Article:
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Symptoms affecting children with malignancies during the last month of life: a nationwide follow-up
(Centrum för forsknings och bioetik)
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2006 (English)In: Pediatrics, ISSN 0031-4005Article in journal (Refereed) Published
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URN: urn:nbn:se:uu:diva-259403OAI: oai:DiVA.org:uu-259403DiVA: diva2:843991
Available from: 2015-08-03 Created: 2015-08-03 Last updated: 2015-10-01
In thesis
1. Towards Good Palliation for Children with Cancer: Recognizing the Family and the Value of Communication
Open this publication in new window or tab >>Towards Good Palliation for Children with Cancer: Recognizing the Family and the Value of Communication
2015 (English)Doctoral thesis, comprehensive summary (Other academic)
Abstract [en]

Pediatric cancer imposes a threat on the child’s life and approximately every fifth child diagnosed with cancer will die due to his or her disease. The overall aim of this thesis was to explore palliative care of children with cancer and bereaved family members. The thesis includes data collected retrospectively from medical records, a nationwide questionnaire directed to bereaved parents, a nationwide questionnaire for bereaved siblings and individual interviews with children in cancer care.

Most children dying from cancer were recognized as being beyond cure at time of death; for some this recognition occurred close to death, leaving little time for potential personal preferences (Paper I). Bereaved parents and siblings noticed extensive suffering in the child close to death (Paper II, VI), with physical fatigue being the most commonly reported symptom irrespectively of age and diagnosis of the child (Paper II). Bereaved parents’ psychological well-being appears to be closely related to experiencing suffering in the dying child (Paper III) but also to high-intensity treatment (with bone marrow transplant as the example) of a child that still dies from his or her disease (Paper IV). Bereaved siblings experience a lack in information at the end of their brother’s or sister’s life and report feeling poorly prepared for the loss. An increased risk of anxiety was seen in siblings whom nobody talked to about what to expect at the time of death of their brother or sister (Paper VI). When caring for children with cancer it is vital to take the individual child’s awareness and preferences regarding information into consideration. Bereaved parents who have communicated with their child about death expressed that this often occurred at the child’s own initiative (Paper V) and simple means such as fairy tales could be used to facilitate communication. Ill children themselves expressed in interviews wanting honest, but still hopeful information regarding bad news (Paper VII).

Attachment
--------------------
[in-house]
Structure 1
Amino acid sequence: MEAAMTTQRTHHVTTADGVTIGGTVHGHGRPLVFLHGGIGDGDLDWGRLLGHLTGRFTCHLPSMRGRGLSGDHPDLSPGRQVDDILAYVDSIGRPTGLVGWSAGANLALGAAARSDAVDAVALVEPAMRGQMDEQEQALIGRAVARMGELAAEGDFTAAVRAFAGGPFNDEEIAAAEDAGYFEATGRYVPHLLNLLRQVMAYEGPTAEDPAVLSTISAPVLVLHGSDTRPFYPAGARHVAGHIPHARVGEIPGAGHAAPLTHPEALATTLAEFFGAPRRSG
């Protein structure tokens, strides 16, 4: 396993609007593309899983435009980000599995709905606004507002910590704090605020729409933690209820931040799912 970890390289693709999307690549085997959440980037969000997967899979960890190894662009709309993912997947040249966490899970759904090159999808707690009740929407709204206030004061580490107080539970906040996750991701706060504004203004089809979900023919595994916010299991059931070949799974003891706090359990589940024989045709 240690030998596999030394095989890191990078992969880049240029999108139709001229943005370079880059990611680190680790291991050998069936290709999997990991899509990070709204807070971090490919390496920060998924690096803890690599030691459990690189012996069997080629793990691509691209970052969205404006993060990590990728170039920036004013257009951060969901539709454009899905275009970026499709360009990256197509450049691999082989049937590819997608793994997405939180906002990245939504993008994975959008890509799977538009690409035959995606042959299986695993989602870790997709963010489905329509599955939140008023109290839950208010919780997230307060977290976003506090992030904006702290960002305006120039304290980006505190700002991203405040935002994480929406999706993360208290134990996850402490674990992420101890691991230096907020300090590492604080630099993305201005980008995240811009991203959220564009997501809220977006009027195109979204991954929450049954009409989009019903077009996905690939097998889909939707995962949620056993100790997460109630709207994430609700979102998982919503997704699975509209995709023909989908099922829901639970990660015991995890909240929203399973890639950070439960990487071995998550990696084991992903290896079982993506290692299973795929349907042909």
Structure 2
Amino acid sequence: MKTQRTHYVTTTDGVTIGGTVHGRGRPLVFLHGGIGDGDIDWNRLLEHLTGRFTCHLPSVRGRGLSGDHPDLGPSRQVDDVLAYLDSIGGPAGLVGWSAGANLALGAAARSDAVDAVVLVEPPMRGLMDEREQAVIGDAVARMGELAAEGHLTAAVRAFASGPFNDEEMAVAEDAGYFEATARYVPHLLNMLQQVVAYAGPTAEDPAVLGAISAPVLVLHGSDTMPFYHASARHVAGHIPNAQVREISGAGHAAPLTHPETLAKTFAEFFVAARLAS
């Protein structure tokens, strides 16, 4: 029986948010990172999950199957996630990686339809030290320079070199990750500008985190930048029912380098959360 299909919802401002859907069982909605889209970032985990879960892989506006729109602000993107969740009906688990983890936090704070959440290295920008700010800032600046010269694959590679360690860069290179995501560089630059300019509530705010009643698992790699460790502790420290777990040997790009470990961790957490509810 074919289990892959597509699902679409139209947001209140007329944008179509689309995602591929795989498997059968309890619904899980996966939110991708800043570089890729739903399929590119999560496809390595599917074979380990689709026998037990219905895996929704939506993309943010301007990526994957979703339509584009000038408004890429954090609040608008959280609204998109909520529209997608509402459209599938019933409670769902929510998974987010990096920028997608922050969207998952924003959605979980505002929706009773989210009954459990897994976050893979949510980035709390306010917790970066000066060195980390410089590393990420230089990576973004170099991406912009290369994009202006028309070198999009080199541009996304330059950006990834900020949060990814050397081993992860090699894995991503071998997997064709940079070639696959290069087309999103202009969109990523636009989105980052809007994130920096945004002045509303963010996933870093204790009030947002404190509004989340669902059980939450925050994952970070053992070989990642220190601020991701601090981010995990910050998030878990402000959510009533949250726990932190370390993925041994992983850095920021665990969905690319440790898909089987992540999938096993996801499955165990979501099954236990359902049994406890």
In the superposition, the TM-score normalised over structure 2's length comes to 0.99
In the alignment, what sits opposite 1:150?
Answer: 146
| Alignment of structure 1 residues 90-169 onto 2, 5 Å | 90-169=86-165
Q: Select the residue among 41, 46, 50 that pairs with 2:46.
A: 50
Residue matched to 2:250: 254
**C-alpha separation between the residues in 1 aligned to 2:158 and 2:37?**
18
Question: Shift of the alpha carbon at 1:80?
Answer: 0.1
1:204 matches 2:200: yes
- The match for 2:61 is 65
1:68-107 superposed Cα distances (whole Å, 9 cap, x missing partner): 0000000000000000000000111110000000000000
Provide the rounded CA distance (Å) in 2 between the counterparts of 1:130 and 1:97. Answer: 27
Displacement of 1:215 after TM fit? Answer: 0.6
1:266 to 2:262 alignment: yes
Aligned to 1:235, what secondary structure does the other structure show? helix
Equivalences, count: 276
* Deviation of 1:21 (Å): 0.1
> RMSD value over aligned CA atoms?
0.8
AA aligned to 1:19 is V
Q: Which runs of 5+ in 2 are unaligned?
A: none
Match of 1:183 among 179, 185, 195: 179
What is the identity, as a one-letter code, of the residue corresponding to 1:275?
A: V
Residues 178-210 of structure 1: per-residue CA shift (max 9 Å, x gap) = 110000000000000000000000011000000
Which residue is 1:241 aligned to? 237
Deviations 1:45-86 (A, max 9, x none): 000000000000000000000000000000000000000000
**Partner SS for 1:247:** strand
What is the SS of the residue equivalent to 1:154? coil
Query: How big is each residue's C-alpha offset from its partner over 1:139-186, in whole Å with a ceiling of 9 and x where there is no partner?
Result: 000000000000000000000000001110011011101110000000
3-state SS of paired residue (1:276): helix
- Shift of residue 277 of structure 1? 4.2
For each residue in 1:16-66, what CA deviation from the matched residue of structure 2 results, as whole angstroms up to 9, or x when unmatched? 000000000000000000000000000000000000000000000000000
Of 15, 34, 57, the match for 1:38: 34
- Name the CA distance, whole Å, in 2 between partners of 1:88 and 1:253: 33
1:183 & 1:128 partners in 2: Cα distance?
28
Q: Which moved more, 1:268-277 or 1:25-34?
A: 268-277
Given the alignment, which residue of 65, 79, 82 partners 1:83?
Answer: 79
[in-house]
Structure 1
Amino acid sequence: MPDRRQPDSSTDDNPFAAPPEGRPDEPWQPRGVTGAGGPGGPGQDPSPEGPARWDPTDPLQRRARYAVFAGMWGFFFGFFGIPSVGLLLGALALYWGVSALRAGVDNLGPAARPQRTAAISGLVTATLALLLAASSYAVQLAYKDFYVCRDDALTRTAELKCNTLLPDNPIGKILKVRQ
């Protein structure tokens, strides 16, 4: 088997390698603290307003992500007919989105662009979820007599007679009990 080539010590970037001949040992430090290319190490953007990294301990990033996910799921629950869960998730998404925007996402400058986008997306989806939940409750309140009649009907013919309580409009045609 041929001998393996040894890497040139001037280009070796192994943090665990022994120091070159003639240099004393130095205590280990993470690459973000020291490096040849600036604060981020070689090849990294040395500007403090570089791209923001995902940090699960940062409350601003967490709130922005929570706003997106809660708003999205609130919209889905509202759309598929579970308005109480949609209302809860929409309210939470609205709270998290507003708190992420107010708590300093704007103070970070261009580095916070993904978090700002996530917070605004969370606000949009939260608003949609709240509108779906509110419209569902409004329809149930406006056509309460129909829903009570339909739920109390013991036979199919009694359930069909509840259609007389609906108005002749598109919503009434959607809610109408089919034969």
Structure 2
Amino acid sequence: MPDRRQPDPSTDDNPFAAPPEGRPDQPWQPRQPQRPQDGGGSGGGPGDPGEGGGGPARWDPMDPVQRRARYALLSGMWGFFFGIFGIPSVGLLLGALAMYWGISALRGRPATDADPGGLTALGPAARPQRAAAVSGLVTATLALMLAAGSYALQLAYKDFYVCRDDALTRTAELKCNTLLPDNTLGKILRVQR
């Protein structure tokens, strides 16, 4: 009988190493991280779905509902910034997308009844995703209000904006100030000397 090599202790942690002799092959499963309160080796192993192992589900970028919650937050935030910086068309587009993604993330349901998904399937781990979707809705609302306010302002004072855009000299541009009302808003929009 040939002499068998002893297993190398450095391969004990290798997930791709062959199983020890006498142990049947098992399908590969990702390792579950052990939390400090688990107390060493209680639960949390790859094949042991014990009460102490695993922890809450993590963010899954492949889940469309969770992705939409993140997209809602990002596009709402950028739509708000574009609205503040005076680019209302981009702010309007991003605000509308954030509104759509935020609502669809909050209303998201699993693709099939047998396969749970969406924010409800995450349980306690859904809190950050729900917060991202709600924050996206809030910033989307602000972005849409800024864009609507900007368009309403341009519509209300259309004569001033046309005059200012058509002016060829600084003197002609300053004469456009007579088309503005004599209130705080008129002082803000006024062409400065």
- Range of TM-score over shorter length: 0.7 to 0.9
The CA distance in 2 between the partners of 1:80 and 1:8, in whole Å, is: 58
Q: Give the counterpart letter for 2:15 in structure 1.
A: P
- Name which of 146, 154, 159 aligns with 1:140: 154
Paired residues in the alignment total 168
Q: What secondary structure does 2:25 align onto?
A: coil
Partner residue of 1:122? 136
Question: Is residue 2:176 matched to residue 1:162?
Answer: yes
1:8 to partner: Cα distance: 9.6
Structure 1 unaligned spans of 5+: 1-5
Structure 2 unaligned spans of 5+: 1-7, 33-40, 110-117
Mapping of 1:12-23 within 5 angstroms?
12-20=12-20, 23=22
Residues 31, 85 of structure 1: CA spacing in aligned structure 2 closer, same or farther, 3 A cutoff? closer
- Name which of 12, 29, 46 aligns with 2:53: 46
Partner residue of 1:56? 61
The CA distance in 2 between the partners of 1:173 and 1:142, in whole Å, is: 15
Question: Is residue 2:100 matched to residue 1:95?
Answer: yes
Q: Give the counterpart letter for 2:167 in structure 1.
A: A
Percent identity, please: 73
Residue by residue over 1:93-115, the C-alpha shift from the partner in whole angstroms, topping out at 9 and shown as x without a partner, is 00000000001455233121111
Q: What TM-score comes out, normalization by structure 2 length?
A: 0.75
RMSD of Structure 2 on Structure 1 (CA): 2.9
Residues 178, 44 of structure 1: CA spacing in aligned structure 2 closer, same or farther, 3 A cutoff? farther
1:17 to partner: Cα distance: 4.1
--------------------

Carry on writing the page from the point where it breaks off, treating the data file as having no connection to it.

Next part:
The results of this thesis stress the importance of striving to achieve good communication and keeping a family perspective throughout care of children with cancer.


Place, publisher, year, edition, pages
Uppsala: Acta Universitatis Upsaliensis, 2015. 73 p.
Digital Comprehensive Summaries of Uppsala Dissertations from the Faculty of Medicine, ISSN 1651-6206 ; 1123
palliative care, child, cancer, family, communication, end-of-life care, bereavement
National Category
Pediatrics Cancer and Oncology
Research subject
Medical Science
urn:nbn:se:uu:diva-259409 (URN)978-91-554-9291-5 (ISBN)
Public defence
2015-09-25, A1:111a, BMC, Husargatan 3, Uppsala, 09:00 (English)
Available from: 2015-09-04 Created: 2015-08-03 Last updated: 2015-10-01

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